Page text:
“Maybe don’t let them pin us all in a hallway if we can help it?” Furnok suggested to Besilana.
“I was trying to protect everyone,” she said, but with a bit of shame.
He nodded, and placed a comforting hand on her shoulder for a moment. “That’s a nasty-looking cut,” he said, wincing in sympathy.
She nodded. “I’ll be all right.”
Furnok shrugged glancing down at the corpses and said, “Gods of darkness, what a stench!” He backed away to get some fresher air.
With the threat eliminated, the party got a better look at the large chamber at the end of the northwest hall. The huge place was over a hundred feet long and thirty feet wide in the main portion. The litter of tables, trestles, benches, chairs, and stools scattered and heaped about the place showed that great revelries of Evil were once conducted there. Bits of tapestries and drapes still hung here and there from the walls. Bones and whole skeletons could be seen on the floor and under the heaped broken furniture. A skirmish in the greater battle for the Temple was surely fought in this place!
Finding nothing of note or interest, they approached the exit to the south and found a hallway that doglegged to connect to the western door from the ghoul chamber. Then, Besilana led the others to the northern exit from the banquet hall. A short hallway exited to the east along the north wall of the great hall, opening into a twenty-by-thirty-foot kitchen.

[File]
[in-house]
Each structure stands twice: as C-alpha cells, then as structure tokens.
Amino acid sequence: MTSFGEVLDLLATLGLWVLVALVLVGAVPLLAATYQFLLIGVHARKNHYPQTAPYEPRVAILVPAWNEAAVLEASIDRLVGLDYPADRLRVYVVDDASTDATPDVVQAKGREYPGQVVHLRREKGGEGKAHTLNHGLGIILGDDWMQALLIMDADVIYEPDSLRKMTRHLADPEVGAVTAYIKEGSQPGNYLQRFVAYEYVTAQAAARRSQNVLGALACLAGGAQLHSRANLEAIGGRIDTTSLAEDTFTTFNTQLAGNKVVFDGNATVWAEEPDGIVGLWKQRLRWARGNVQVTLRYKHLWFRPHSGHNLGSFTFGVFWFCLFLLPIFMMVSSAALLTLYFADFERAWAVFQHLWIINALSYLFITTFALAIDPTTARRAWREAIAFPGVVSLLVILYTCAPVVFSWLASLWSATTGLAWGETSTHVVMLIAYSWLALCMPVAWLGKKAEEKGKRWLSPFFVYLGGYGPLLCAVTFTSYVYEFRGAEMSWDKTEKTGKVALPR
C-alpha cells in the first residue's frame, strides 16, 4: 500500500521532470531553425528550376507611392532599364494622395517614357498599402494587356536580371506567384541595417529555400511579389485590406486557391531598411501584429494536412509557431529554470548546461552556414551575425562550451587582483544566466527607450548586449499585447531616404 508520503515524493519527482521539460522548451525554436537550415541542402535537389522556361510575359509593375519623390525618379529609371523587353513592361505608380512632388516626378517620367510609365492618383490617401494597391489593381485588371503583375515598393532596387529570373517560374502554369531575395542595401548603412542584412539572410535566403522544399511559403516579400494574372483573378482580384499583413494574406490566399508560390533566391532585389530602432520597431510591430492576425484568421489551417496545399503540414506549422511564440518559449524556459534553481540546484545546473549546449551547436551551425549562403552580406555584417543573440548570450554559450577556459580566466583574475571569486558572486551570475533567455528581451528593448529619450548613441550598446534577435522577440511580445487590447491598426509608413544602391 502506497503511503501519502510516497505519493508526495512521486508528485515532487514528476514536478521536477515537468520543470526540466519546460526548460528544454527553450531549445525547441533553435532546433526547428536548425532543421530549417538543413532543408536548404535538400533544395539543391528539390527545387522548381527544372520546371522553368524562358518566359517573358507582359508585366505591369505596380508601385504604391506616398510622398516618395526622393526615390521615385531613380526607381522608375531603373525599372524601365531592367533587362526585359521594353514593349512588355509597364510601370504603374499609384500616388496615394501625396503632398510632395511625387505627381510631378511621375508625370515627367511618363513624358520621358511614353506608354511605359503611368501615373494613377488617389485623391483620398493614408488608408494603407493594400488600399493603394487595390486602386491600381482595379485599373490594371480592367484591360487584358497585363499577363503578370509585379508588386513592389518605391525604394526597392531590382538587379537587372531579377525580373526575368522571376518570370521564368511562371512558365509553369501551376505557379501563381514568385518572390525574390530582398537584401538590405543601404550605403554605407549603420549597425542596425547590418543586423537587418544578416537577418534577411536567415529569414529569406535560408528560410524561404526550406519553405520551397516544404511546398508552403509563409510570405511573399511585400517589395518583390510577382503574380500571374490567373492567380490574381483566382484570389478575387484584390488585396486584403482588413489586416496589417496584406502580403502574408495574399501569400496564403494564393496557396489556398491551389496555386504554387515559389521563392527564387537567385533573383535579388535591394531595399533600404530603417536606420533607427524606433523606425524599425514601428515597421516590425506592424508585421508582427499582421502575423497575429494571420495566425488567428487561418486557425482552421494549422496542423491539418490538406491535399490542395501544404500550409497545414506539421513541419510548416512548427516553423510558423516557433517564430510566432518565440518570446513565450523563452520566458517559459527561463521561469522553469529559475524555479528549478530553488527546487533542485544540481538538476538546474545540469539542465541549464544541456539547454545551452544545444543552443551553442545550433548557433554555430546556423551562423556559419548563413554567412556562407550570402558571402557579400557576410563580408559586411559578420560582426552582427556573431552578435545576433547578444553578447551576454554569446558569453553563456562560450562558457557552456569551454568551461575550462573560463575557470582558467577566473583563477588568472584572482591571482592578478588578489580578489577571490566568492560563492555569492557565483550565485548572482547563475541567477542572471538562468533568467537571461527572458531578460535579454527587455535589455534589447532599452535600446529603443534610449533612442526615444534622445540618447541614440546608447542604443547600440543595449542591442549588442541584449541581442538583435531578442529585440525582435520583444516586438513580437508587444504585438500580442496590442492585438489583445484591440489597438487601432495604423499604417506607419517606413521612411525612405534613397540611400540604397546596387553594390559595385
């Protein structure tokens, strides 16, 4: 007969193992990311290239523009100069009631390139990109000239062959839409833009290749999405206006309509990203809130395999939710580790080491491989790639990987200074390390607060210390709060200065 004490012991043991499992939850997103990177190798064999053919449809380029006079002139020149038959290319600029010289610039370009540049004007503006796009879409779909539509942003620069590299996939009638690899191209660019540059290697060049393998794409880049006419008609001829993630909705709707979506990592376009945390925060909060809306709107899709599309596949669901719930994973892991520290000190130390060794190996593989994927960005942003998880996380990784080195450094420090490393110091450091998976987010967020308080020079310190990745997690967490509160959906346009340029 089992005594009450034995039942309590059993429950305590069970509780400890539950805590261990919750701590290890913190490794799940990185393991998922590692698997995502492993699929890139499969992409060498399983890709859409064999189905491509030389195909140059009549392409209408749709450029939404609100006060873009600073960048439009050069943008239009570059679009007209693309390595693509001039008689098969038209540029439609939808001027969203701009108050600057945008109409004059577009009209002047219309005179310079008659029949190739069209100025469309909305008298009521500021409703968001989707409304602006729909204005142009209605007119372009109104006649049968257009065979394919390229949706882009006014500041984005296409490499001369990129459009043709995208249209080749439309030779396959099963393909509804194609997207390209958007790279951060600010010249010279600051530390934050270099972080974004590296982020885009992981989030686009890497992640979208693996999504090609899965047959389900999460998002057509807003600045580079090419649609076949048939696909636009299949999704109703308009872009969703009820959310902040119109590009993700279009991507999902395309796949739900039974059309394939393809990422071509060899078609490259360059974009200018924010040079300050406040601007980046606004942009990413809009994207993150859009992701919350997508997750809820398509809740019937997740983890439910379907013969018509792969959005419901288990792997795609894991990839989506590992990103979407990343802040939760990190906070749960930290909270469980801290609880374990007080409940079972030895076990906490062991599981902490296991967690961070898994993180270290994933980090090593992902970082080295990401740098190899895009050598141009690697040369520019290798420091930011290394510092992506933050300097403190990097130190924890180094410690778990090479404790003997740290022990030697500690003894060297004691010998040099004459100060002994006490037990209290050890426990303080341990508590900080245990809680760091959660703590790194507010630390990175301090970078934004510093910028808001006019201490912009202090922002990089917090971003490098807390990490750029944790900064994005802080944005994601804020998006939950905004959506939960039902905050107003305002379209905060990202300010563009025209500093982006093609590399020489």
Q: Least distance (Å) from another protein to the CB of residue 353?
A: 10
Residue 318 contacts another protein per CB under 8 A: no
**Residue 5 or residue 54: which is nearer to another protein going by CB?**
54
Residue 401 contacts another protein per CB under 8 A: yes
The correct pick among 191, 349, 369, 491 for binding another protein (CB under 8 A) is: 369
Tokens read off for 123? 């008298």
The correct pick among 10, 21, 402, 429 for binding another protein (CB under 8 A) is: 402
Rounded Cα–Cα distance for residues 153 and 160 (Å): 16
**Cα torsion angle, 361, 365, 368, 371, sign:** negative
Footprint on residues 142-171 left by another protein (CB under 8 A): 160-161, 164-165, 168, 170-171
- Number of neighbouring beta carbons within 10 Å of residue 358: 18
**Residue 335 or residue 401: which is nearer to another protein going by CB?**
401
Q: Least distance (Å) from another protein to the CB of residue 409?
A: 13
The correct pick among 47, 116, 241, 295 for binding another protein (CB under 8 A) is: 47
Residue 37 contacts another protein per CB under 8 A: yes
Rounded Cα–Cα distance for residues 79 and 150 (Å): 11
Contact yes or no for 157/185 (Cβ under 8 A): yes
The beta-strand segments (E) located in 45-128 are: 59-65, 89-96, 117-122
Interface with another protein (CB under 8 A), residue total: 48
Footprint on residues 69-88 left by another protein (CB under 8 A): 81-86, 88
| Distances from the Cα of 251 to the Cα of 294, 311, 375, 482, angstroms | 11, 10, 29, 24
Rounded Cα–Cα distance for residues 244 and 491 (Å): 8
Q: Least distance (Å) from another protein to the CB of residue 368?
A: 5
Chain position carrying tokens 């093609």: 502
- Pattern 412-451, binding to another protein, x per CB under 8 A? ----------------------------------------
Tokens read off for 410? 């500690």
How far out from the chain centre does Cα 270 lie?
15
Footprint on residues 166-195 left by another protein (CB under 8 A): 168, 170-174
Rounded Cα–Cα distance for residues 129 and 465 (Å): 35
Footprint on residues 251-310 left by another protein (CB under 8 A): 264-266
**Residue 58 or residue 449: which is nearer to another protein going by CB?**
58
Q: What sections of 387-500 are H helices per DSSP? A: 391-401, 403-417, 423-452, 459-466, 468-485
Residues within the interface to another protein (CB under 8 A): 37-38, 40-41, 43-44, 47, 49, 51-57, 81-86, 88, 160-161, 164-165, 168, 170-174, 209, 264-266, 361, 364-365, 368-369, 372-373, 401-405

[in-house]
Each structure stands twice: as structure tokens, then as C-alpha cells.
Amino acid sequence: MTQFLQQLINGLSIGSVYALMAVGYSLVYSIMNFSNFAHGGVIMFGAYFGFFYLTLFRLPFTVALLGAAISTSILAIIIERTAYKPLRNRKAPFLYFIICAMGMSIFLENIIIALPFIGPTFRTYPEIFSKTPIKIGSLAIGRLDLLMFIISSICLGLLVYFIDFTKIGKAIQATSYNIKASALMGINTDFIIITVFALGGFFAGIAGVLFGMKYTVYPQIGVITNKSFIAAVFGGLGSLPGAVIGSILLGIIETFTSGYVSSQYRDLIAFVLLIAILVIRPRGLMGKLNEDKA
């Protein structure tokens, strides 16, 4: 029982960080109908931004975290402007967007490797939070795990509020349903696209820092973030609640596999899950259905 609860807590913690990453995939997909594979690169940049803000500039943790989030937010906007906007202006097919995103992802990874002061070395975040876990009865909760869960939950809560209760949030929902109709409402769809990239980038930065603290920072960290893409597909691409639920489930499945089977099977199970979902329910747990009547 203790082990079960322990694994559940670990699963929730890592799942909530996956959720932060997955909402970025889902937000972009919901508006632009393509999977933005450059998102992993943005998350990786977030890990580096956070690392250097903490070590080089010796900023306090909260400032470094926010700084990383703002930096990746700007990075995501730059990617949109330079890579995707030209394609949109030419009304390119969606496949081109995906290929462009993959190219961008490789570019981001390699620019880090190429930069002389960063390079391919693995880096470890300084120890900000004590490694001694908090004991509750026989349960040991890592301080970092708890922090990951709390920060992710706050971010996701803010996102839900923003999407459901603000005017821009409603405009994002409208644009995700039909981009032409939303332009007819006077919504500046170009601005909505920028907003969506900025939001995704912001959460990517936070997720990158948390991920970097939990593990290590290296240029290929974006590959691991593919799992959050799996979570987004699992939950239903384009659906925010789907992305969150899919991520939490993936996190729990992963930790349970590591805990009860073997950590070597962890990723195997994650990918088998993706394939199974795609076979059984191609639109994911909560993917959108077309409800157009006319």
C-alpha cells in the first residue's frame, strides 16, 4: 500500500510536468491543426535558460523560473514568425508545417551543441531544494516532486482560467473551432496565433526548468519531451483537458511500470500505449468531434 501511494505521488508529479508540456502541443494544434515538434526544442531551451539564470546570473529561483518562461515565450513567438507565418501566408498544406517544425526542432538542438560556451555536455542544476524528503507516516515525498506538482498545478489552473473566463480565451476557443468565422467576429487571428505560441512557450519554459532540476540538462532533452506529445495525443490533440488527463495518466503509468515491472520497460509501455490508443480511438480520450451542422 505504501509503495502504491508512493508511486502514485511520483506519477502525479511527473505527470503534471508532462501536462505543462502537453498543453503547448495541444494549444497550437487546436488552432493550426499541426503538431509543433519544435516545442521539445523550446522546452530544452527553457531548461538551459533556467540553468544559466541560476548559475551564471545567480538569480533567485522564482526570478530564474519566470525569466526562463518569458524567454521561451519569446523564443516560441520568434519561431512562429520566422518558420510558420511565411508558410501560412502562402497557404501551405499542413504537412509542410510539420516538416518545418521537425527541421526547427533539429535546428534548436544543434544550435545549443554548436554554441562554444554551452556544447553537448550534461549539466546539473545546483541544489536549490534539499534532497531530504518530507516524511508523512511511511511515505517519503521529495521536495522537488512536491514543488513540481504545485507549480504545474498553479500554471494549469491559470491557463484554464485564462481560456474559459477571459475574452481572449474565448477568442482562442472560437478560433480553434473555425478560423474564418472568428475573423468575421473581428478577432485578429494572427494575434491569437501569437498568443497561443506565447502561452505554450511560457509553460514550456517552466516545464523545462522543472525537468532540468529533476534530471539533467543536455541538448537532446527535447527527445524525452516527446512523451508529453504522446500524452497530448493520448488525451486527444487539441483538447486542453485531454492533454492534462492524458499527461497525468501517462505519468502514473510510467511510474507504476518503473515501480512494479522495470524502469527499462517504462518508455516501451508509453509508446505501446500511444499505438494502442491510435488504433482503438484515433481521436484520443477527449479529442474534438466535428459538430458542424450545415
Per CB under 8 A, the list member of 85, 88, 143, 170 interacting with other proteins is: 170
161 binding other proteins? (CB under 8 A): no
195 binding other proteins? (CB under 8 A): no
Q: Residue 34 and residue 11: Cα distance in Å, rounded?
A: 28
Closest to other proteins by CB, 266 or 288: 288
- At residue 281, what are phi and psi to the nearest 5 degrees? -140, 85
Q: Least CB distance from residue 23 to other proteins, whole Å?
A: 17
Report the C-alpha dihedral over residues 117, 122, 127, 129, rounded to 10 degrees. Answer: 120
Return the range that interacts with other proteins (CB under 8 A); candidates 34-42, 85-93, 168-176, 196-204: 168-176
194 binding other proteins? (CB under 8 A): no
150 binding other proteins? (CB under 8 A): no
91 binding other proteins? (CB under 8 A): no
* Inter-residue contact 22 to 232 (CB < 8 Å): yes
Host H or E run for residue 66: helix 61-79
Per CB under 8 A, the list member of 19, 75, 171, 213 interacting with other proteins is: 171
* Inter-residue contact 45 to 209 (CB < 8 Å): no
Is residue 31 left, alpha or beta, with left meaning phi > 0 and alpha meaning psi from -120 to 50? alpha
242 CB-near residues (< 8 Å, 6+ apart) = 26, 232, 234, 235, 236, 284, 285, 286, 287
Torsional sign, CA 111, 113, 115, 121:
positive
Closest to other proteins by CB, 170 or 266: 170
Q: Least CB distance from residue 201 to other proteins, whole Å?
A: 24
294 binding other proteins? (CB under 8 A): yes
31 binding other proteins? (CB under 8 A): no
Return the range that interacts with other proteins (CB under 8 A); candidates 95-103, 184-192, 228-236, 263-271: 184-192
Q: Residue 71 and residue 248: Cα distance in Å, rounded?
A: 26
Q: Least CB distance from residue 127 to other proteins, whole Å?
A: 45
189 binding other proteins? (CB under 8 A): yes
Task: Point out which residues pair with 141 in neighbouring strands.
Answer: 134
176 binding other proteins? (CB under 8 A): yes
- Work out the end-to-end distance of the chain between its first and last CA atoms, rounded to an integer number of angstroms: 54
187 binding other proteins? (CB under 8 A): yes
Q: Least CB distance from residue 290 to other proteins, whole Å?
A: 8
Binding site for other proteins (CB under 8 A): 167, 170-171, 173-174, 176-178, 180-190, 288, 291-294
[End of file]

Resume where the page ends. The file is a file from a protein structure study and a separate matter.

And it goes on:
Three doors sat in the southern portion – east, south in the west corner, and west. A high, broad fireplace with numerous side ovens dominated the north wall. The fireplace was large enough to roast a whole ox. The room was littered with broken containers and dishes, trash of an unidentifiable sort, and pieces of wooden tables, counter tops, and the like. Several skeletons were visible, including one which appeared to be that of an ogre.
Watching the skeletons carefully, Besilana moves to the middle of the room. Fortunately, the bones did not stir. Somewhat relieved, she opened the western door. A ten-foot-square room had once been used for crockery storage and food storage, respectively for the south and west areas. Their contents were broken and smashed, and the foodstuffs were spoiled.
Furnok kneeled down to inspect the ogre skeleton, tilting his head to one side curiously. He reached down and produced a leather sack that clinked with the tell-tale sound of coin. He opened it up and grinned. “More gold for the treasure hunter…s.”
“An excellent find,” said Besilana.
“I’m starting to think this level is deserted just like the main floor,” said Taliesin. “Disregarding the undead, of course.”
“Hard to say how much of it we’ve actually seen, though,” said Furnok.
Besilana nodded. “Good point.”
“Right. We could be down here for weeks,” said the druid. “Or the rest of our lives…”
“Oh that’s dark…” said Felicity with a frown.
“We’re very aggressive scouts, yeah,” agreed Furnok. “I wonder if those two goons in the tower have managed to free themselves yet.”